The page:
Who do you belong to?

Years before we went to seminary, my family attended a little Episcopal Church in San Jose California. The deacon there was a woman with a wicked sense of humor. She helped the rector impose ashes on Ash Wednesday. We were all there kneeling at the altar rail in this modern church in the round. As many of you have recently experienced, the priest or deacon comes by and makes a sign of the cross with ashes on your forehead. In my case the deacon steps in front of me, sees this vast expanse of real estate in front of her, and with a devilish grin she makes a giant ashen cross from one end of my bald head to the other as she says, “Remember that you are dust, and to dust you shall return.”

If you are baptized, then you have been sealed by the Holy Spirit in baptism and marked as Christ’s own forever. That smudge on your forehead on Ash Wednesday is a reminder that you belong to God. It is a re-mark of your identity.

Jesus goes into the desert after his baptism. He too has been marked, but at this stage of his journey, his very identity will be called into question. The devil begins his tempting with the challenge, “If you are the son of God, turn these stones into bread.” Jesus we know was fully human. Yes, at his baptism God declares, “This is my son, listen to him”. But do you suppose that Jesus may have some doubt about his identity at this point? Doubt is part of the human condition, and the devil offers Jesus a bargain: turn these stone into bread, jump off the roof of the temple, and you will never doubt again.

Jesus refuses the devil’s bargain not by acknowledging his power but by acknowledging his dependence upon God. “One does not live by bread alone, but by every word which comes from the mouth of God.” Jesus does not respond to the devil by telling who he is. Instead he declares his dependency on the Word of God.

By declaring his dependence upon God’s Word, Jesus is also declaring he is fully human. At the core of every human being is a hole. We are all incomplete. We lack in fundamental ways. Many people foolishly try to fill up that hole with things such as wealth and power, and even various forms of addiction. Adam and Eve tried to fill their own hole with the fruit of knowledge. No matter what we try to put in that hole, the emptiness remains and we fear the dark loneliness that overtakes us.

French philosopher Blaise Pascal remarked that a fundamental characteristic of being human is to have a “God-shaped hole” in our selves. Christian life does not guarantee that your emptiness will be filled up with God. In fact that is just another kind of addiction. Christian life is not about getting beyond our finite limitations. It is about declaring our utter dependence upon God, just like Jesus did. Living not by bread alone but by God’s Word eventually brings us to the knowledge that God’s grace is all we need.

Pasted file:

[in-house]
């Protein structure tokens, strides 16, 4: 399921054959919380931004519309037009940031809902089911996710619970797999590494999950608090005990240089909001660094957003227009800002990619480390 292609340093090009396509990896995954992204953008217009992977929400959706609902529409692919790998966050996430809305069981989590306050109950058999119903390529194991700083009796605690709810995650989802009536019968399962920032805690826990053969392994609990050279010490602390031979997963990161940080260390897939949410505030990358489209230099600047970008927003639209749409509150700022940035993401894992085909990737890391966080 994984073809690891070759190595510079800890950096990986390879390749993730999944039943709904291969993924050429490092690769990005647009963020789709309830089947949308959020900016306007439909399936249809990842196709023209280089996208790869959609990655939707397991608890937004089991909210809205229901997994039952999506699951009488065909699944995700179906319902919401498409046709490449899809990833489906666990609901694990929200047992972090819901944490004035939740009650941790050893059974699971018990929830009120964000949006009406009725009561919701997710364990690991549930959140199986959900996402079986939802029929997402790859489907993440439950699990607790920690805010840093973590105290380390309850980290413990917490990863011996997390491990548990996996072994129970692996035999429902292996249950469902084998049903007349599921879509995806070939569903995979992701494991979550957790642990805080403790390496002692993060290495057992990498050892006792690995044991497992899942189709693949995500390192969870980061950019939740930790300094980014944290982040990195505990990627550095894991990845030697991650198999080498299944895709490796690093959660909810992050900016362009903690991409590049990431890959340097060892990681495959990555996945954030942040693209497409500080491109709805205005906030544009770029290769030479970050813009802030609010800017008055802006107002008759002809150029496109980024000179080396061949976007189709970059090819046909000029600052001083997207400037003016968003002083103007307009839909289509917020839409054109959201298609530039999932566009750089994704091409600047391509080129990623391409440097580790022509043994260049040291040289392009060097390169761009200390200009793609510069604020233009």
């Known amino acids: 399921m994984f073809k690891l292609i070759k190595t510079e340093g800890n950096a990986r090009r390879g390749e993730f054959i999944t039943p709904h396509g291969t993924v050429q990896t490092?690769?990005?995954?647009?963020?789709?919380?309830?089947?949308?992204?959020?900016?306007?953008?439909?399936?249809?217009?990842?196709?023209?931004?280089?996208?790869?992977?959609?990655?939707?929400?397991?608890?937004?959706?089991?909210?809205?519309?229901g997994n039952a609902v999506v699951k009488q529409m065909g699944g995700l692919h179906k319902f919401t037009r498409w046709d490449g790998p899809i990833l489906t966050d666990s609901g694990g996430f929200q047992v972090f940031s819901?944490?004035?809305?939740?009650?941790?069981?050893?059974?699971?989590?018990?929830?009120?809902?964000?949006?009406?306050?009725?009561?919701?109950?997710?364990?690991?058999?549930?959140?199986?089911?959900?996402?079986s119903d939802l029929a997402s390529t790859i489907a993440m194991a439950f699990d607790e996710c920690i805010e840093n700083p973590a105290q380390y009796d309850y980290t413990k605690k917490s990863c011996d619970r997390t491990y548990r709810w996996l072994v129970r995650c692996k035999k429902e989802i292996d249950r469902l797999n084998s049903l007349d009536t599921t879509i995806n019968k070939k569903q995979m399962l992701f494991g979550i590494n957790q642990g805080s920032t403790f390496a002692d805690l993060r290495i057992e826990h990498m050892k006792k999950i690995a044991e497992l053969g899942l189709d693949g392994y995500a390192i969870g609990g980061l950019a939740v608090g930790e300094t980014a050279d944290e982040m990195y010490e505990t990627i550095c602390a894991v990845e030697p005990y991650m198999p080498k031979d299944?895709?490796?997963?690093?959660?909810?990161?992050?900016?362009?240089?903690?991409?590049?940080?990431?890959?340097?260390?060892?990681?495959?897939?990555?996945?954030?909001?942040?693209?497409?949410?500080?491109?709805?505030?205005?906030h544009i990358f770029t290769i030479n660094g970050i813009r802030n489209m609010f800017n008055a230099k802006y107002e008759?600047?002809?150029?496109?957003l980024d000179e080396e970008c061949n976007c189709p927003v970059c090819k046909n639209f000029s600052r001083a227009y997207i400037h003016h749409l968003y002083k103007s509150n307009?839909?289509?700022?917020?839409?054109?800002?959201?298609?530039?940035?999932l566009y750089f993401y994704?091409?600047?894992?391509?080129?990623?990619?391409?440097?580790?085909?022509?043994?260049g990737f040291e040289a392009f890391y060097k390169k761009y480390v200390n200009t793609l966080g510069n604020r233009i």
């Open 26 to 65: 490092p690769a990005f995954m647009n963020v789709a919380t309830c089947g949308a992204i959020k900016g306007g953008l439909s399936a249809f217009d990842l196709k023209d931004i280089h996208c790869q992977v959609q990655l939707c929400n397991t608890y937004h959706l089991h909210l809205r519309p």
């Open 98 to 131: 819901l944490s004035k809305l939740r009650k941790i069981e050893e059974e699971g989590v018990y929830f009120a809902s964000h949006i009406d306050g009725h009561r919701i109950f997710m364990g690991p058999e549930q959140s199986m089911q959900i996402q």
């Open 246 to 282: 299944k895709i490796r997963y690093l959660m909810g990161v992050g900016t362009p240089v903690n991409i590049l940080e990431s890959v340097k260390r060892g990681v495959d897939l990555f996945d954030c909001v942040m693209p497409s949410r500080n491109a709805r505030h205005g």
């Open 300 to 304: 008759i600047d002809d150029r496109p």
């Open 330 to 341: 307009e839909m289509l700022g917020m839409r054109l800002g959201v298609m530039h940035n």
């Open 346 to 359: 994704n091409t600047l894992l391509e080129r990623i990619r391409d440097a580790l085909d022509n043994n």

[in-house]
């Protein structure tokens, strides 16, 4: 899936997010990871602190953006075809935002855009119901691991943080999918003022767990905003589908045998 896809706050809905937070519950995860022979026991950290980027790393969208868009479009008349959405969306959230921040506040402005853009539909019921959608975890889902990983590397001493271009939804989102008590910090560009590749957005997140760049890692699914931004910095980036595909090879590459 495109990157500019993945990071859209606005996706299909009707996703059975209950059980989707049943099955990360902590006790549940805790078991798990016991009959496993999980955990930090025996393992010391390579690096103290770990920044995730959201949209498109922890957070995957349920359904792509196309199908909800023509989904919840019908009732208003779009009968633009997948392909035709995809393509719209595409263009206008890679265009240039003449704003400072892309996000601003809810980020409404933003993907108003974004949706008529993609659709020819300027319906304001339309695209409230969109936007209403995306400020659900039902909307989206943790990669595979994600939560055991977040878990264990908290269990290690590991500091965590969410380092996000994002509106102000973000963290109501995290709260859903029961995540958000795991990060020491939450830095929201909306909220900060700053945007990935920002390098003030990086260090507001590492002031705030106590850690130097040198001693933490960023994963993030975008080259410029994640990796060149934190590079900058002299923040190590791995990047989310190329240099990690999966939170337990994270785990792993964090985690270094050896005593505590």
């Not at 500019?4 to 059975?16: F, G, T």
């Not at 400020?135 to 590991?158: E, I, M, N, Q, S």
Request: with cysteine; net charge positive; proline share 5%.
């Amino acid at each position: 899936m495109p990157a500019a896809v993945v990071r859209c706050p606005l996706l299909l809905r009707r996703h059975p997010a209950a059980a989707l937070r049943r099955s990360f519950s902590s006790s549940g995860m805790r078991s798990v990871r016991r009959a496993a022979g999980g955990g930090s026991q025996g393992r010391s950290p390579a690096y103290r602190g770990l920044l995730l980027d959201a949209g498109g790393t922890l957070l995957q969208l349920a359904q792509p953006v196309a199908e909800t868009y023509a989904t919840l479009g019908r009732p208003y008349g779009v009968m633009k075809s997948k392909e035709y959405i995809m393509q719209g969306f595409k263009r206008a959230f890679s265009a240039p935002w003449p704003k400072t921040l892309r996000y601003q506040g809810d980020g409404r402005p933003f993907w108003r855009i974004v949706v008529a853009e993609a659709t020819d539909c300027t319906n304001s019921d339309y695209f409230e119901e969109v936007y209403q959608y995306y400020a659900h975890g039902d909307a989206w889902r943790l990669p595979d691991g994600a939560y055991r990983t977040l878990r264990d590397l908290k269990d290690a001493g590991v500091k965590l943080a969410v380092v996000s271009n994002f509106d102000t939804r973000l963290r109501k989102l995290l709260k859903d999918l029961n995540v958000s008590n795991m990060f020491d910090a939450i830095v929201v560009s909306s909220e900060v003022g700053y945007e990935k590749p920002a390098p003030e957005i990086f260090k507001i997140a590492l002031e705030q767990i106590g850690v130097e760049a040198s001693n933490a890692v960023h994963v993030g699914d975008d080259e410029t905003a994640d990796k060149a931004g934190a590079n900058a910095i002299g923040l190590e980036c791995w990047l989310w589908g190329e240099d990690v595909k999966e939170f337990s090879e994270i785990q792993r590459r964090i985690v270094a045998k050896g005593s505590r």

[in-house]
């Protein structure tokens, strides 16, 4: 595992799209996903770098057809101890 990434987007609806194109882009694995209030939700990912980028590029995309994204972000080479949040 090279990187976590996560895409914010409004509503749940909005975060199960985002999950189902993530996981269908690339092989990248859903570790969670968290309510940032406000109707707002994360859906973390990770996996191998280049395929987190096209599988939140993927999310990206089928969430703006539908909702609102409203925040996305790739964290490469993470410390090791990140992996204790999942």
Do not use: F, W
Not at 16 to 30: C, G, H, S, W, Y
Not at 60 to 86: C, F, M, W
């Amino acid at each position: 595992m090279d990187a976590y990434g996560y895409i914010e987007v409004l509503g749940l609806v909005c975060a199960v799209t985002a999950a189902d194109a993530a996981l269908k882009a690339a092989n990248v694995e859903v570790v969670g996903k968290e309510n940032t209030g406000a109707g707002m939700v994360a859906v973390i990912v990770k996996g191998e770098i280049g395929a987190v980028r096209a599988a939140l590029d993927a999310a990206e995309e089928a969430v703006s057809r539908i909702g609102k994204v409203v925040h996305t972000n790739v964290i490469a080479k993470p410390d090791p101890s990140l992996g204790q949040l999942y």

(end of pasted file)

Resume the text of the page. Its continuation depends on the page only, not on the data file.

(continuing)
There is a troubling notion about God’s Word here that needs to be tackled. Most of us would agree that the Bible is the Word of God. Most of us would agree that as Christians we should always try to obey what is in the Bible. We would also agree that Jesus is the son of God and Jesus obeys God’s Word.

Yet right here in the fourth chapter of Matthew we have scripture being tossed at Jesus. Instead of obeying God’s Word that is given to him, Jesus disobeys and counters with another piece of scripture. Those who claim the Bible is the inerrant word of God that must be obeyed will have trouble with this passage.

God’s Word is much more than the umpteenth translation of a two thousand year old text on a page. God’s Word gives you life and breath; it animates your soul; it makes the universe run; it was present before the beginning of creation; it is true and if we reduce it to strictly text on a page or spoken words, it will be misused. Obviously God’s word reduced to spoken language can be used for evil purposes as the devil is trying to do with Jesus and as many well-intentioned people continue to misuse God’s Word today.

God’s Word depends upon who the speaker is, who the hearer is, their intentions, motivations, and in general the context. We ignore the broad sweep of the Bible, the history, the language, and the sociology of the ancient times at the peril of our very souls. To ignore the Bible along these lines is to rip the text free of its context. Once we do this we can assign almost any meaning or interpretation we want to the text. This process is going on in churches all over town right this minute.

This passage is not a “Jesus outsmarted the devil again” text. Nor is Lent about giving up chocolate or alcohol or whatever your thing may be. It’s all about identity.

Can you turn down a $100M winning lottery ticket and acknowledge your complete dependency upon God’s Word? Can you spend the next forty days accepting the fact that you cannot fill up that empty thing inside you?

The Gospel promises us that Jesus who is “with us always even to the end of the age” has gone before us. He has gone into the most God-forsaken places of the wilderness; he overcomes the most difficult tests of being human; he endures the worst possible pain in an agonizing death. He is human. He is one of us.

Sometimes life deals us a hand we do not want to play. We may get a card that says “betrayal” or “loss of job” or “cancer” or “car accident” or “loss of loved one” or “loneliness” or even “lost.” There is not one of these cards that Jesus has not had first ,and we are assured that he will be with us every step of the way.

So the question is not who Jesus is or even who you are. The question is “Who do you belong to?”